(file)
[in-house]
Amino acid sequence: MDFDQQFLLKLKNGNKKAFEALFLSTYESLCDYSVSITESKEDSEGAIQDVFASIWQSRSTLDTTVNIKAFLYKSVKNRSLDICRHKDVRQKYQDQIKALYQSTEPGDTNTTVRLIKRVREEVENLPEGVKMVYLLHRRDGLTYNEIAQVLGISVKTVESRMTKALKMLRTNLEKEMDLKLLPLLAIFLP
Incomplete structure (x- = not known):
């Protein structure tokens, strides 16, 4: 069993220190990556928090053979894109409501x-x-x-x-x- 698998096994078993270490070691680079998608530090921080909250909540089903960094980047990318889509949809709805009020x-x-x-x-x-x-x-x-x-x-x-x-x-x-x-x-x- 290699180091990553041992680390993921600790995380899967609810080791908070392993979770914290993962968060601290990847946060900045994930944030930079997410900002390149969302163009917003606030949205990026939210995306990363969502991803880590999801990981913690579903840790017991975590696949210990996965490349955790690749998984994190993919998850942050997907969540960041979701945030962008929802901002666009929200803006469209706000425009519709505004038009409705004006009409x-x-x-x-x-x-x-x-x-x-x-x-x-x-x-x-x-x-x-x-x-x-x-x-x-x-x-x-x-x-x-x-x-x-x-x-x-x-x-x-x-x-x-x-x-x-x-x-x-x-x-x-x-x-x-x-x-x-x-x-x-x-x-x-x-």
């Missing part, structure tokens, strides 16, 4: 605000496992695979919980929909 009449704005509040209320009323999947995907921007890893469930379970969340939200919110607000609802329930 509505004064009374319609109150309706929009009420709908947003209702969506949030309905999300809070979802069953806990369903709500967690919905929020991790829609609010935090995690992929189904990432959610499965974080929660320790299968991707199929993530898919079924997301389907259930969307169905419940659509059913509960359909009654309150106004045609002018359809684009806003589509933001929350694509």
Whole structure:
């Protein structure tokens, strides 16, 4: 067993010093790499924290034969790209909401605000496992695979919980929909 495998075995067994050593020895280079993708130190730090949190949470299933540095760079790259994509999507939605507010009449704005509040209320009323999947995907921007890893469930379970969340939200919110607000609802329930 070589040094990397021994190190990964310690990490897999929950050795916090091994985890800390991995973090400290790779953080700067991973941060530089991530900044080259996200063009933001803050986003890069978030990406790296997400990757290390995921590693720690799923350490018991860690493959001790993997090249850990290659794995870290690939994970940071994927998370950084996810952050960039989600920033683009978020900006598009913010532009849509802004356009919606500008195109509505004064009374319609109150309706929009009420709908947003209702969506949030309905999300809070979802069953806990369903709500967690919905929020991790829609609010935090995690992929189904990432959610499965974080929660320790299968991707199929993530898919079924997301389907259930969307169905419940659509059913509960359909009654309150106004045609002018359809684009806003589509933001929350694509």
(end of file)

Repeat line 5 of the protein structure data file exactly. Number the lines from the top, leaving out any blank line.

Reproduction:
């Missing part, structure tokens, strides 16, 4: 605000496992695979919980929909 009449704005509040209320009323999947995907921007890893469930379970969340939200919110607000609802329930 509505004064009374319609109150309706929009009420709908947003209702969506949030309905999300809070979802069953806990369903709500967690919905929020991790829609609010935090995690992929189904990432959610499965974080929660320790299968991707199929993530898919079924997301389907259930969307169905419940659509059913509960359909009654309150106004045609002018359809684009806003589509933001929350694509």